Tuesday, November 09, 2004

Administration Rebuked on Human Rights

November 9, 2004

A federal judged ruled decisively against the Bush administration’s legal approach to terrorism yesterday. U.S. District Court Judge James Robertson concluded, "President Bush had both overstepped his constitutional bounds and improperly brushed aside the Geneva Conventions," when he established military tribunals at Guantanamo Bay to try detainees as war criminals. The ruling forced an abrupt halt to the government’s most expansive military tribunals since WWII.

  • The Bush administration’s military tribunals violate America’s fundamental sense of legal fairness. Judge Robertson ruled that the commission's set up by the administration did not give defendants a fair shot at defending themselves and allowed the government to use secret evidence and unnamed witnesses to make its case. Robertson found that no American court could operate without "the right to confront one's accuser and the evidence."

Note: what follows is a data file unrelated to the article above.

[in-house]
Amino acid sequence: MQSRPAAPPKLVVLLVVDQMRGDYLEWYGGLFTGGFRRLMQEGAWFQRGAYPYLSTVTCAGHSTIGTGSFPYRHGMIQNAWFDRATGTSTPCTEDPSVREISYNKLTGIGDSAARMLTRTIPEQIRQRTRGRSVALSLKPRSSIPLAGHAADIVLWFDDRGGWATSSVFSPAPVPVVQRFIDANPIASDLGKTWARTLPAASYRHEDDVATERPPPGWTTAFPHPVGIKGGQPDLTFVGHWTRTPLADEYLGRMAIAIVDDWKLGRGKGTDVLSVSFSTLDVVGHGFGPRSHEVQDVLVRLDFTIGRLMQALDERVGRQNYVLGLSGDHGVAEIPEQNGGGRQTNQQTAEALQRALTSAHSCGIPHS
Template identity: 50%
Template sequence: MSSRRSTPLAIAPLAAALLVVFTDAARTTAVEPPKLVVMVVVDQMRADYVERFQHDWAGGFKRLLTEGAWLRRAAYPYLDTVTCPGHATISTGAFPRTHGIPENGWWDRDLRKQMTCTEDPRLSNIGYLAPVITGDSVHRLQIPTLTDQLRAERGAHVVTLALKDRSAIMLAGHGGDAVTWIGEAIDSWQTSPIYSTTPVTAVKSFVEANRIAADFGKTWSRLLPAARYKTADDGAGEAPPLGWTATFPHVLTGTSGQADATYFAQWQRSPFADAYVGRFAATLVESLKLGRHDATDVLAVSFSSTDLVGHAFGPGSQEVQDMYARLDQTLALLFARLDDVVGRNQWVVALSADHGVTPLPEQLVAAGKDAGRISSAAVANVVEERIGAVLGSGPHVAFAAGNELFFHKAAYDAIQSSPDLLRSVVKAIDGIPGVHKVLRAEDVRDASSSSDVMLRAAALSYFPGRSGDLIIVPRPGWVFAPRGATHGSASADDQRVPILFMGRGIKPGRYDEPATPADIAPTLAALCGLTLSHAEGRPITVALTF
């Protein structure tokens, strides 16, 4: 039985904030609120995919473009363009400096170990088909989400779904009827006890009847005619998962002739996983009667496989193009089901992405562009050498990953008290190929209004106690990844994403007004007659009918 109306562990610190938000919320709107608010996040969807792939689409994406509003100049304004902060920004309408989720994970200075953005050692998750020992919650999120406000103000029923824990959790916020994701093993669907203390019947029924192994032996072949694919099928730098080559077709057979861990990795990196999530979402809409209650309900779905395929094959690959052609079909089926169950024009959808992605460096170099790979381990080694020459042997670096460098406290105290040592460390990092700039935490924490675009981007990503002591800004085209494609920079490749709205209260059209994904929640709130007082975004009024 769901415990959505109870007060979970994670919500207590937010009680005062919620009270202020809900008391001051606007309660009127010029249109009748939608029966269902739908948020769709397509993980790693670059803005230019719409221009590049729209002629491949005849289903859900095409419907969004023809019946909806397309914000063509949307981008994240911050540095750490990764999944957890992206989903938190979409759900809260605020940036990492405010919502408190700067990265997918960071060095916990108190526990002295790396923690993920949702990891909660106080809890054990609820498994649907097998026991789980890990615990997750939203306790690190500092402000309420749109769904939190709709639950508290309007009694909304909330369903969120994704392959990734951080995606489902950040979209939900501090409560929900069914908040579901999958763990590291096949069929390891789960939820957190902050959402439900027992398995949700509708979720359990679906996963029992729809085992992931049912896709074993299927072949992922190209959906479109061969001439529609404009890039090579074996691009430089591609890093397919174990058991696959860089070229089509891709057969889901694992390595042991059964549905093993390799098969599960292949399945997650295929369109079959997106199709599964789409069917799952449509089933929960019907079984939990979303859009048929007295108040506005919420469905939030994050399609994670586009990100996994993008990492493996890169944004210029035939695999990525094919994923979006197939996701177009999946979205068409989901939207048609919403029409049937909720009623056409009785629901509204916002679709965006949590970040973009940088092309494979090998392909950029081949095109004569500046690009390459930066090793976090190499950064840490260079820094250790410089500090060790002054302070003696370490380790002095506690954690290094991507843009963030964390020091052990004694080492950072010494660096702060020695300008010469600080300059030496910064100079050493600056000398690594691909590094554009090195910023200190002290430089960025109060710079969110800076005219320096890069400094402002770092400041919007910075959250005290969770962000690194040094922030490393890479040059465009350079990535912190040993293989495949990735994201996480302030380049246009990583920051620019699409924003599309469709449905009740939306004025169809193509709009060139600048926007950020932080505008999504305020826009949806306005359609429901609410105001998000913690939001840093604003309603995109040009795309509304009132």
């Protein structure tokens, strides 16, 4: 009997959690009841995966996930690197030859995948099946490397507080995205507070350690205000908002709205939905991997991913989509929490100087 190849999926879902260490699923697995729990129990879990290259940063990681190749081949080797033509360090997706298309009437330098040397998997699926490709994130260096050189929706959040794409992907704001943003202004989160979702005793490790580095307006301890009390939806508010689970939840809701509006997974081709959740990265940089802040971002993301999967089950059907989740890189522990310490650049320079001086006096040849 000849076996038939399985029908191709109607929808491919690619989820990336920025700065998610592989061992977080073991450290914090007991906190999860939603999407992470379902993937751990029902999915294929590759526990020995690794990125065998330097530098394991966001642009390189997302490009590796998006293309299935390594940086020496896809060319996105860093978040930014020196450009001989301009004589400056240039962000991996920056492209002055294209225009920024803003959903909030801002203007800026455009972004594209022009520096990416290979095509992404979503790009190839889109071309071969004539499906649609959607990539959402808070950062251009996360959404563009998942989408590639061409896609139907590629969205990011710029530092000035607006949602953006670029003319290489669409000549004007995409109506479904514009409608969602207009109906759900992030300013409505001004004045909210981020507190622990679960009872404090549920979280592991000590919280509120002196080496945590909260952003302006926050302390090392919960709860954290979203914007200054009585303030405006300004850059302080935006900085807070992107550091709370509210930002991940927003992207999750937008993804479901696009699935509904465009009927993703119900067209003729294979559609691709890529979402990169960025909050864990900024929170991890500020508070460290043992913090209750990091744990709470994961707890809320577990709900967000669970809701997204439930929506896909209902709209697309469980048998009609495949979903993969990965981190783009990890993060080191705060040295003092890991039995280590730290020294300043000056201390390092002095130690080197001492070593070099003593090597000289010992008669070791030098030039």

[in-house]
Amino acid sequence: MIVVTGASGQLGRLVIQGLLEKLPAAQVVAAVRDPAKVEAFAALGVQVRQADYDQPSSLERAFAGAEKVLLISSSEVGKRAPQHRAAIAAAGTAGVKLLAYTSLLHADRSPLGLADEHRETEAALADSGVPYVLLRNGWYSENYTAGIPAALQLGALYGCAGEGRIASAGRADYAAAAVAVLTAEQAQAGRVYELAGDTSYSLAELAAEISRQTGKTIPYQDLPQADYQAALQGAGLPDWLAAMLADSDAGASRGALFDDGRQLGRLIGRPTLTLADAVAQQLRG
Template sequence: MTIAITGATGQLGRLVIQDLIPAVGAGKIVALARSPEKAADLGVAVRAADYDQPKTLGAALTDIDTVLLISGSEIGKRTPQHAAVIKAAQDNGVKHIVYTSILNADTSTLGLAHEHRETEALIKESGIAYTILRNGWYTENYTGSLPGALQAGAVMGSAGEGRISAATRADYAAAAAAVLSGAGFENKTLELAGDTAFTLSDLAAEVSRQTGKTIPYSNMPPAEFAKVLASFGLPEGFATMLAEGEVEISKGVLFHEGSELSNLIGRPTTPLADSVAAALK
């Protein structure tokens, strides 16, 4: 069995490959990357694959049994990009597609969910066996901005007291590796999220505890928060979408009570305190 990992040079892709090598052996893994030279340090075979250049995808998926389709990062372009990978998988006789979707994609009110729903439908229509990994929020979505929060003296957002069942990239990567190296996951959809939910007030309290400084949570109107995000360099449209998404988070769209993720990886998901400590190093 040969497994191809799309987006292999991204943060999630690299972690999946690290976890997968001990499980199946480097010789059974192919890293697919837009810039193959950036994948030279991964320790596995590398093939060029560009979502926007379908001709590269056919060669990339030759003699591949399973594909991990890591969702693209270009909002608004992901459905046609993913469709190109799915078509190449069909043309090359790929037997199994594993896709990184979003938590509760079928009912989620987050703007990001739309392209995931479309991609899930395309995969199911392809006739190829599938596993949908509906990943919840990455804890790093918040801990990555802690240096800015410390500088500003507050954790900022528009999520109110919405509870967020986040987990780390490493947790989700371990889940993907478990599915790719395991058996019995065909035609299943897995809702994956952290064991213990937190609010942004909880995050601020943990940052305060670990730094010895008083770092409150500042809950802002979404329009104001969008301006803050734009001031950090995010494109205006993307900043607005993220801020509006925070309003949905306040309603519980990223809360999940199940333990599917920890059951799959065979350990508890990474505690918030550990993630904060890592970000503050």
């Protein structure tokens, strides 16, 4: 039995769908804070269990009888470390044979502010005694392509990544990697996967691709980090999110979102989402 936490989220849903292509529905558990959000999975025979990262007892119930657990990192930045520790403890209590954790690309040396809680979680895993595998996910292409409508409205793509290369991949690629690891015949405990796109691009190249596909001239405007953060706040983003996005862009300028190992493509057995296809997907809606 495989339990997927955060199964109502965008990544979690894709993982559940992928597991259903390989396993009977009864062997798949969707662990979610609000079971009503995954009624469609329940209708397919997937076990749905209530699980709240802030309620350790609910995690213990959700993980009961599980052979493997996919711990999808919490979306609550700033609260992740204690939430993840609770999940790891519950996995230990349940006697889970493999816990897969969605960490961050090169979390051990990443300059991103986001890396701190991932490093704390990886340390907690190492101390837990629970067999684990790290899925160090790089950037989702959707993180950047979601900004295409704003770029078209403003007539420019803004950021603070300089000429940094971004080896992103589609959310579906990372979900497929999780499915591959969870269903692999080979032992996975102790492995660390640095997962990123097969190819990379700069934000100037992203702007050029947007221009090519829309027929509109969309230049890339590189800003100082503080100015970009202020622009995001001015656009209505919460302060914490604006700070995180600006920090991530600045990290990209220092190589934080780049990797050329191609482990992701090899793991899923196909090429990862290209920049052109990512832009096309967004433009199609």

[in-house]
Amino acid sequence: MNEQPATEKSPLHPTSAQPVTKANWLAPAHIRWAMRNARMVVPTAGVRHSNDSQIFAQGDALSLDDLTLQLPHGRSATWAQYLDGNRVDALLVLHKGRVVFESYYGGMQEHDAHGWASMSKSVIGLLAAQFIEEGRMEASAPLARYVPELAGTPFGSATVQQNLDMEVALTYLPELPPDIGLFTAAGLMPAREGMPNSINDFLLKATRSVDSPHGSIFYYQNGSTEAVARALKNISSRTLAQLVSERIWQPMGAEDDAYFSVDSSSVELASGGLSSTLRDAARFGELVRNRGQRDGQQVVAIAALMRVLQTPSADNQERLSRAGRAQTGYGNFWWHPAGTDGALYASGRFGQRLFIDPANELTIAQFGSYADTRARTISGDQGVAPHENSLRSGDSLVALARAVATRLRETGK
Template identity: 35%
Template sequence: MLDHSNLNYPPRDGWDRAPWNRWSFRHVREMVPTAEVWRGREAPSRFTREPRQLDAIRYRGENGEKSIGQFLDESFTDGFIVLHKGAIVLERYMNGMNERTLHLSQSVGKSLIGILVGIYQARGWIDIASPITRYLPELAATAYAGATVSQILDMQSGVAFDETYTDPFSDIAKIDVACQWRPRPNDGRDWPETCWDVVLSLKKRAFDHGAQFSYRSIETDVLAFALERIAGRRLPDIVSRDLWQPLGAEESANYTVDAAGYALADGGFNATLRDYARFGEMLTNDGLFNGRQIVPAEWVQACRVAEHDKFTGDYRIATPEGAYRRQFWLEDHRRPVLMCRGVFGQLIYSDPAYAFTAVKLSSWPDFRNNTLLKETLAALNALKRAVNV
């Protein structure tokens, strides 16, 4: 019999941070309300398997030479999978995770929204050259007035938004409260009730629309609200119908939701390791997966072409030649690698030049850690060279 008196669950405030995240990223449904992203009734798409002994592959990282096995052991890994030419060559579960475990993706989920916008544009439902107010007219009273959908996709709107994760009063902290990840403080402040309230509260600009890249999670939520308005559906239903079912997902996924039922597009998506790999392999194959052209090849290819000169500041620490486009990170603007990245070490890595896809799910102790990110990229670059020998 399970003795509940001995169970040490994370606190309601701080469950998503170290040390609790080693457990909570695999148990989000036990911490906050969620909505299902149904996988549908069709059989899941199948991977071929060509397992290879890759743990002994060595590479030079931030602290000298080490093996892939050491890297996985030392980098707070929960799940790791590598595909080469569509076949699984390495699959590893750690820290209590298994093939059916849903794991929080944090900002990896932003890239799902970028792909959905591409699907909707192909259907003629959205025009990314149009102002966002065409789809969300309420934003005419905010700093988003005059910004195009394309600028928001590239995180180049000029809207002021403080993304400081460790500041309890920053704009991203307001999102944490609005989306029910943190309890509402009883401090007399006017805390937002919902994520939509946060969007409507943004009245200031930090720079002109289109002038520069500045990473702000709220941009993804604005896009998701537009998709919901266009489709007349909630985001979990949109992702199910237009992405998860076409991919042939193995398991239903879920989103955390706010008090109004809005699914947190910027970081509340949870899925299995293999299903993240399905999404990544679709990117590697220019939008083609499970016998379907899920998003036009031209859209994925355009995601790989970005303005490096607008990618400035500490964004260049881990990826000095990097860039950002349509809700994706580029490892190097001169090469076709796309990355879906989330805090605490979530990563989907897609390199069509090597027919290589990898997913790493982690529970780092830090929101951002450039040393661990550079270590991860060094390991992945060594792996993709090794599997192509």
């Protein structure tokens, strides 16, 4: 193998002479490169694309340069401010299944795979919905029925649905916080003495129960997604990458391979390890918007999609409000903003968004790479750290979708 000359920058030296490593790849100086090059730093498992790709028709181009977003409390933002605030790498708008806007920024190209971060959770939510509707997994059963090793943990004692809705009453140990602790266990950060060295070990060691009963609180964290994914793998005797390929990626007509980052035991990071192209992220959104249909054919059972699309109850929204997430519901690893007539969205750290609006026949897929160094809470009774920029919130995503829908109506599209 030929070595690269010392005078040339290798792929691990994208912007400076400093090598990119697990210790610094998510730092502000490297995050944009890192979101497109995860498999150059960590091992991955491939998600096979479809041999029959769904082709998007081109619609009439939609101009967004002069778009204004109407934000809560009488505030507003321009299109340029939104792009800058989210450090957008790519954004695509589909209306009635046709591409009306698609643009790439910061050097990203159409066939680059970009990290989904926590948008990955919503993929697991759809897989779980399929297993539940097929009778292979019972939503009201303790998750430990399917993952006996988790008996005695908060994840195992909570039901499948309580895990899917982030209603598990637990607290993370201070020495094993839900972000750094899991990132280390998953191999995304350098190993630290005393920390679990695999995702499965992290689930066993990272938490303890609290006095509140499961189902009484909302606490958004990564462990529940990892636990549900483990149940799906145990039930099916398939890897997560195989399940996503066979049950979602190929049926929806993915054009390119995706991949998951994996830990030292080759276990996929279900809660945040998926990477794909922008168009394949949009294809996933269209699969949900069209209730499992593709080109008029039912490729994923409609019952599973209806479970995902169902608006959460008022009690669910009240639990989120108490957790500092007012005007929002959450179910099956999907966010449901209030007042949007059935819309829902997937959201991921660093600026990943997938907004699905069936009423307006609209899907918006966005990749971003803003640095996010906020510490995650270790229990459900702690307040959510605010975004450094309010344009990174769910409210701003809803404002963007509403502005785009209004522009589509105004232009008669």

• Ignoring international human rights accords puts our own soldiers at risk. One of the primary reasons the U.S. originally ratified the Geneva Conventions was to protect American soldiers. Judge Robertson concluded that in placing detainees outside the reach of these international human rights standards, the Bush administration weakened "the United States own ability to demand application of the Geneva conventions to Americans captured during armed conflicts abroad."
  • We can not win the hearts and minds of those abroad if we ignore our own democratic standards at home. The administration should stop trying to find ways to get around human rights standards and stand up for basic American principles. The fight against terrorists must be resolute but also principled if it is to truly defend what America represents to the world.


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